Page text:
Lebanon's parliament on Tuesday re-elected Berri as the speaker of parliament - a post he has held since 1992 - even after anti-Syrian groups won a clear majority in the house for the first time since the 1975-1990 civil war.
An alliance of Hizb Allah and Berri's Amal (Hope) movement won over 80% of the Shia vote in elections this month, boosting the 68-year-old's bid to return and dashing Western hopes they would wipe out the last vestiges of Syrian tutelage.
With Berri leading the 128-seat house, efforts to remove the pro-Syrian president or disarm the Hizb Allah fighters are likely to meet stiff resistance.
Shia Muslims largely stayed away from anti-Syrian street protests following the February killing of former prime minister Rafiq al-Hariri, which added to foreign pressure on Syria to go.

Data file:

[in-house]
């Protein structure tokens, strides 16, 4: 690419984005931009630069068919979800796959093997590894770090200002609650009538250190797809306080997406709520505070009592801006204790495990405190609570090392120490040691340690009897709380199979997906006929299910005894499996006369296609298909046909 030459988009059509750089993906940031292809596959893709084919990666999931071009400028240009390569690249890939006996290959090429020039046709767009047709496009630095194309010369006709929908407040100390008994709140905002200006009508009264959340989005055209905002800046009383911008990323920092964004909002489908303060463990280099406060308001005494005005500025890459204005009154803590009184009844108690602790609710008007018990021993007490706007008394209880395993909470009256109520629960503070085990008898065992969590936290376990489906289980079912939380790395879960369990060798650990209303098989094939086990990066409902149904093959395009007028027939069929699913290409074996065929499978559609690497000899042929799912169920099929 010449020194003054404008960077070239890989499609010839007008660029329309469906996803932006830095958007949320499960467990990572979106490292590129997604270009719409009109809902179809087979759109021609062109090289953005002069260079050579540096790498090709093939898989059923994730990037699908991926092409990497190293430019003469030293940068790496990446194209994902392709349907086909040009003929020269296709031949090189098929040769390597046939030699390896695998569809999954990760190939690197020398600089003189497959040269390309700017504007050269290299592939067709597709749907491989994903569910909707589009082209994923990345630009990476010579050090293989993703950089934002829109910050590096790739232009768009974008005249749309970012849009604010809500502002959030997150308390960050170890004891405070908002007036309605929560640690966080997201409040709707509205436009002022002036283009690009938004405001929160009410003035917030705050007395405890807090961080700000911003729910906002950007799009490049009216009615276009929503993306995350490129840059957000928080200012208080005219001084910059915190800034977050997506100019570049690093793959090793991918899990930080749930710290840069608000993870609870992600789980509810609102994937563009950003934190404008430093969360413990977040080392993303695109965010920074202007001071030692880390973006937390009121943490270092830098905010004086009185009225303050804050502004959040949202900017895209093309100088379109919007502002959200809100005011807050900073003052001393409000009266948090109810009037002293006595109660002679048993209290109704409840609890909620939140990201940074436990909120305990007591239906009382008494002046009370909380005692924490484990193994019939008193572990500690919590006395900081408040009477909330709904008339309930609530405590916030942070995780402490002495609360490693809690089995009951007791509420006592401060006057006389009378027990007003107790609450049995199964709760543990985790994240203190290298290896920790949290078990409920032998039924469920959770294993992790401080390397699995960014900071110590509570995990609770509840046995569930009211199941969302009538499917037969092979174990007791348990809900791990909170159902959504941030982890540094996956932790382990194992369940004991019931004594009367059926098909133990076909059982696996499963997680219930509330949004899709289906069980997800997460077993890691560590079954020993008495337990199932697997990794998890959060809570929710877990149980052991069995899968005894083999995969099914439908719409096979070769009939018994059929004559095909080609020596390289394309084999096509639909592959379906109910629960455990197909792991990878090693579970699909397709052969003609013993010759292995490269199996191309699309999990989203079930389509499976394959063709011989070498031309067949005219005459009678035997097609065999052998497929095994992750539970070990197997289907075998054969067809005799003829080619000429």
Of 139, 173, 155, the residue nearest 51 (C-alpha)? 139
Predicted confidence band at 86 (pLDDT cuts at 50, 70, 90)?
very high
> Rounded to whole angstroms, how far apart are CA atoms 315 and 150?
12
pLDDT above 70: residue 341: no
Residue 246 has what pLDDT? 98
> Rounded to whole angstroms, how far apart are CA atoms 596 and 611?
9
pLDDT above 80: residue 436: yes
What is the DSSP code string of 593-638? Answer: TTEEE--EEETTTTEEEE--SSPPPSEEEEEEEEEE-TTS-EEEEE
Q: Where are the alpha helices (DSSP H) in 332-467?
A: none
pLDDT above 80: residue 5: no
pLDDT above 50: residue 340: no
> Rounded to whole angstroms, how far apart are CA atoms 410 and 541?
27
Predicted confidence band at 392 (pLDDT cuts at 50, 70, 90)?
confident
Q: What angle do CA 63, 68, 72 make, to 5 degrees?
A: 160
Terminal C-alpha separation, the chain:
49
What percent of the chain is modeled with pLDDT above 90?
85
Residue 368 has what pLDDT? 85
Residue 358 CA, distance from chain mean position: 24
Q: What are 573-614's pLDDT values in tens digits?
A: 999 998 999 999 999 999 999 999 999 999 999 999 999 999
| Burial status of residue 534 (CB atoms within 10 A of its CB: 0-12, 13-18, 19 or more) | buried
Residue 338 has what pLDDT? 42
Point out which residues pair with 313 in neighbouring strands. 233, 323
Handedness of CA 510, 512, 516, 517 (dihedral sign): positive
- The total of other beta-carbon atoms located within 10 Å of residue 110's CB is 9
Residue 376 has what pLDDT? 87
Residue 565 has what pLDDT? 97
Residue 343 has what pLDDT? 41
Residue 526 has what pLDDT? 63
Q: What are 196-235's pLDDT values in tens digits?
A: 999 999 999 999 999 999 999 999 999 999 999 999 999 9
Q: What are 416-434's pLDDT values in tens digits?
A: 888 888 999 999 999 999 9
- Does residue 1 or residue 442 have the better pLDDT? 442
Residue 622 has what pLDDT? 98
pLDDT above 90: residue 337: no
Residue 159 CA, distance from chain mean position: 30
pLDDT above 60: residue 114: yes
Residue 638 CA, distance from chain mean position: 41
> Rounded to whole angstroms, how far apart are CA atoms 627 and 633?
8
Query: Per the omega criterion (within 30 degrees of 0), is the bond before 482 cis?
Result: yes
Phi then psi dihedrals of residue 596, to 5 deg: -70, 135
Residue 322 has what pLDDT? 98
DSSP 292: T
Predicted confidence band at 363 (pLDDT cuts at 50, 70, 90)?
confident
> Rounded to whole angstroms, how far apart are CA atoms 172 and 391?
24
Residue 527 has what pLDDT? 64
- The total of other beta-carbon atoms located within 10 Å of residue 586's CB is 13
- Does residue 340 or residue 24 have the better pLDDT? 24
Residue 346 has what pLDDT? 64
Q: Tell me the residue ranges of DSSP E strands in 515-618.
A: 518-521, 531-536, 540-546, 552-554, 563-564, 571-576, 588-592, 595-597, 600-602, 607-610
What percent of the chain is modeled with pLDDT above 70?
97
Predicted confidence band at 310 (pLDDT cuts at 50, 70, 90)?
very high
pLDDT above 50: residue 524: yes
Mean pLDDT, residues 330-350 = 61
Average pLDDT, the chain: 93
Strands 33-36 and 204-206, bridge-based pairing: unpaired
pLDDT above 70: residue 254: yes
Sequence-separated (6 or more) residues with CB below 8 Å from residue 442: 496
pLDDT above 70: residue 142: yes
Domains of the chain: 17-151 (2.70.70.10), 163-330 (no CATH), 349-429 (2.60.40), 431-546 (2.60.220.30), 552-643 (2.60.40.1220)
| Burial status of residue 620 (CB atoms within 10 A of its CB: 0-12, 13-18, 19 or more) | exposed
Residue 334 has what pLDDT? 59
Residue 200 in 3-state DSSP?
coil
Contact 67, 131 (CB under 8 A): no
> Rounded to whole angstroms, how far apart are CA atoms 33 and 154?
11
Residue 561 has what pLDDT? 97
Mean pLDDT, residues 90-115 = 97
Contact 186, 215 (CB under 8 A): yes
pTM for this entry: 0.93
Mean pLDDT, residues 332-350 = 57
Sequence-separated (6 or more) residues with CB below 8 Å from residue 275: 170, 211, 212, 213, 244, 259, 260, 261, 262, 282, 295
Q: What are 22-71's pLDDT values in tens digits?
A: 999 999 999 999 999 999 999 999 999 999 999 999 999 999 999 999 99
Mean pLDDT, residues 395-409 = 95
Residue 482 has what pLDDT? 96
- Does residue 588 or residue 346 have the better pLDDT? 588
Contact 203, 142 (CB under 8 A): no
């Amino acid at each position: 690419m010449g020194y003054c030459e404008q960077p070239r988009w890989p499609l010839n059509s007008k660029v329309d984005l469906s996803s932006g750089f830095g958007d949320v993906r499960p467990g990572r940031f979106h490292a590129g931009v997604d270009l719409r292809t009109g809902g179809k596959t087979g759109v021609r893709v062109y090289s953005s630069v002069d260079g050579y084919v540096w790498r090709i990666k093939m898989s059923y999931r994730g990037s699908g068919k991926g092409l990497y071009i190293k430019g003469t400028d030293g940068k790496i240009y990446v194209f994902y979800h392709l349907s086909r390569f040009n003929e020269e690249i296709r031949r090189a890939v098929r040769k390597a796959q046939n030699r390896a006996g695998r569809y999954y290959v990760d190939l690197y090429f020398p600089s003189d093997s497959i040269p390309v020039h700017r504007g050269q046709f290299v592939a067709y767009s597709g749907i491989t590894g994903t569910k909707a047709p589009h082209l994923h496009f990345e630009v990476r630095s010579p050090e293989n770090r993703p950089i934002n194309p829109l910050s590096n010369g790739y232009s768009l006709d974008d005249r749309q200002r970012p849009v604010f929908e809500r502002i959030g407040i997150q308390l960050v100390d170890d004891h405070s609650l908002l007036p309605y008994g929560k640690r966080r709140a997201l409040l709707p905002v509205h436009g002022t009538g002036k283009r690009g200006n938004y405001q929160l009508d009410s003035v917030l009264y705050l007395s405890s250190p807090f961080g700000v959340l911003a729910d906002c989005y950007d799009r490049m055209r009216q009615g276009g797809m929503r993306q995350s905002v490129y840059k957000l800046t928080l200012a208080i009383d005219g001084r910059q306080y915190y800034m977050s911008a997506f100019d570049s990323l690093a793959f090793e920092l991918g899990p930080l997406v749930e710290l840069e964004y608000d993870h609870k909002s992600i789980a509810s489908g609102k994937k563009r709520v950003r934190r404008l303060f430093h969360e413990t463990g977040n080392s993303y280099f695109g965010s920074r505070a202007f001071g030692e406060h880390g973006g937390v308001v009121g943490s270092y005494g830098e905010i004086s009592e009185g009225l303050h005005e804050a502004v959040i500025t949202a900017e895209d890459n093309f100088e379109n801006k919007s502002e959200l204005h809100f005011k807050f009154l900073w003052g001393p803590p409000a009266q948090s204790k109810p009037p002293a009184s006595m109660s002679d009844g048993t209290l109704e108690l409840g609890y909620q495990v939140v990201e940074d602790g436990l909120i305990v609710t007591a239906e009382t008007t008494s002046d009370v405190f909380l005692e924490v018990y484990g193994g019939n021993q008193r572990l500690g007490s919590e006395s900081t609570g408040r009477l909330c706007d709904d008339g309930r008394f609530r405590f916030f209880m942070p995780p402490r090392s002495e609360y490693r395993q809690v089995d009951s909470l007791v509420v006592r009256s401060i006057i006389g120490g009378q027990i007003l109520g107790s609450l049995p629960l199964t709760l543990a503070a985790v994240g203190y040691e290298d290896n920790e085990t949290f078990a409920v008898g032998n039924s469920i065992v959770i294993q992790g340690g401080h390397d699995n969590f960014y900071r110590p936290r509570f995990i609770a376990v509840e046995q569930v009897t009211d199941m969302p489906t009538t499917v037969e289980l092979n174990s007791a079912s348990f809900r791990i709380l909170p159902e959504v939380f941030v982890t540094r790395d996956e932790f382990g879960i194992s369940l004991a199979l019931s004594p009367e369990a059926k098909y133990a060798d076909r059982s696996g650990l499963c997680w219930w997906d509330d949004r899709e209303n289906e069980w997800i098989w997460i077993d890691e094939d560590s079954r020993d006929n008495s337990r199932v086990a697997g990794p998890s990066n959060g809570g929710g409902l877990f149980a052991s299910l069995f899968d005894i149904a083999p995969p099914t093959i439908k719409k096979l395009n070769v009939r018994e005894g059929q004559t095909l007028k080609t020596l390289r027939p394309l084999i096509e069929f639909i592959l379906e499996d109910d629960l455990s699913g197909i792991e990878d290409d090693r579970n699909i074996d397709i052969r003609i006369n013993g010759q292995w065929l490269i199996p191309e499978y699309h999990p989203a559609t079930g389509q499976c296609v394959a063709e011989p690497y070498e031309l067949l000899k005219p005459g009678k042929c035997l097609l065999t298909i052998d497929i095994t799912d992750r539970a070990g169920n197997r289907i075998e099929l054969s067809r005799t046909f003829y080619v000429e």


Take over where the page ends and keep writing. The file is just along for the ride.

But the main anti-Syrian blocs in parliament agreed to back the pro-Syrian stalwart accused of buying favour by stuffing the public sector with his supporters, after Berri pledged to support reforms to a corrupt system that has served him well.
"[I] was the first to raise ... reforms, but regrettably every time we pursued a particular reform the [pro-Syrian security] apparatus protected the culprits," he said this week.
"[I] was the first to raise ... reforms, but regrettably every time we pursued a particular reform the [pro-Syrian security] apparatus protected the culprits"
Lebanese speaker of parliament
As a student, Berri joined the Baath Party, which rules Syria, but switched in the early 1970s to the newly founded Lebanese Movement of the Deprived.
The movement, led by Shia cleric Musa Sadr, effectively voiced the grievances of the Shia, Lebanon's poorest and fastest-growing community, for the first time.
Berri's prestige reached its height when Amal - the movement's military arm - combined with Druze and Sunni forces in a battle that drove Christian-led Lebanese army troops from the Muslim part of Beirut in 1984.